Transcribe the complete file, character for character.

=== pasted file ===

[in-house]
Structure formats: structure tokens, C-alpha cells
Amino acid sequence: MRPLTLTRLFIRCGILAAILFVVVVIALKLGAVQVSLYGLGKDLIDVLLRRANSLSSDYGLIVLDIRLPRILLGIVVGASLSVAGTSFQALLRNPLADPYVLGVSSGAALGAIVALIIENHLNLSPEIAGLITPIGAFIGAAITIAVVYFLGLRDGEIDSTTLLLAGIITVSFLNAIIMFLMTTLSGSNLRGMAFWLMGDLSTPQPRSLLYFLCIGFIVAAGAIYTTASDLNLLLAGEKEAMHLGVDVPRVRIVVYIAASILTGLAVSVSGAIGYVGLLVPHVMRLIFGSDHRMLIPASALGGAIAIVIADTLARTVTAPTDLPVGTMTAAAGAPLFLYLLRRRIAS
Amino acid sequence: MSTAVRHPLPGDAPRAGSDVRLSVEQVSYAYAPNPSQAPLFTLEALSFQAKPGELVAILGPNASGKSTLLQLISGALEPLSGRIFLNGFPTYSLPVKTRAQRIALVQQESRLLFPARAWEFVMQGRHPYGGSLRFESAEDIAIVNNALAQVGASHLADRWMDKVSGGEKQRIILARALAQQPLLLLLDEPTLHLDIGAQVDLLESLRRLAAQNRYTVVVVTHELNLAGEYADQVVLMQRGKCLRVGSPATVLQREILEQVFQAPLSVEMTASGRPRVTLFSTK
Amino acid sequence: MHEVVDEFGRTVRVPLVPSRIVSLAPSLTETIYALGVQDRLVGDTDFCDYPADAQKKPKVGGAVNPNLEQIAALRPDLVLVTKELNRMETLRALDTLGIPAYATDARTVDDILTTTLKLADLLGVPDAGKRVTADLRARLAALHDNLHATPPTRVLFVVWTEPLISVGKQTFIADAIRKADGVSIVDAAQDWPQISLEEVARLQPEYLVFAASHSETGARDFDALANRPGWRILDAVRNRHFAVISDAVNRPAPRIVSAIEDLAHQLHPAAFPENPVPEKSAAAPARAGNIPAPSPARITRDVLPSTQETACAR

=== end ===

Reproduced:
[in-house]
Structure formats: structure tokens, C-alpha cells
Amino acid sequence: MRPLTLTRLFIRCGILAAILFVVVVIALKLGAVQVSLYGLGKDLIDVLLRRANSLSSDYGLIVLDIRLPRILLGIVVGASLSVAGTSFQALLRNPLADPYVLGVSSGAALGAIVALIIENHLNLSPEIAGLITPIGAFIGAAITIAVVYFLGLRDGEIDSTTLLLAGIITVSFLNAIIMFLMTTLSGSNLRGMAFWLMGDLSTPQPRSLLYFLCIGFIVAAGAIYTTASDLNLLLAGEKEAMHLGVDVPRVRIVVYIAASILTGLAVSVSGAIGYVGLLVPHVMRLIFGSDHRMLIPASALGGAIAIVIADTLARTVTAPTDLPVGTMTAAAGAPLFLYLLRRRIAS
Amino acid sequence: MSTAVRHPLPGDAPRAGSDVRLSVEQVSYAYAPNPSQAPLFTLEALSFQAKPGELVAILGPNASGKSTLLQLISGALEPLSGRIFLNGFPTYSLPVKTRAQRIALVQQESRLLFPARAWEFVMQGRHPYGGSLRFESAEDIAIVNNALAQVGASHLADRWMDKVSGGEKQRIILARALAQQPLLLLLDEPTLHLDIGAQVDLLESLRRLAAQNRYTVVVVTHELNLAGEYADQVVLMQRGKCLRVGSPATVLQREILEQVFQAPLSVEMTASGRPRVTLFSTK
Amino acid sequence: MHEVVDEFGRTVRVPLVPSRIVSLAPSLTETIYALGVQDRLVGDTDFCDYPADAQKKPKVGGAVNPNLEQIAALRPDLVLVTKELNRMETLRALDTLGIPAYATDARTVDDILTTTLKLADLLGVPDAGKRVTADLRARLAALHDNLHATPPTRVLFVVWTEPLISVGKQTFIADAIRKADGVSIVDAAQDWPQISLEEVARLQPEYLVFAASHSETGARDFDALANRPGWRILDAVRNRHFAVISDAVNRPAPRIVSAIEDLAHQLHPAAFPENPVPEKSAAAPARAGNIPAPSPARITRDVLPSTQETACAR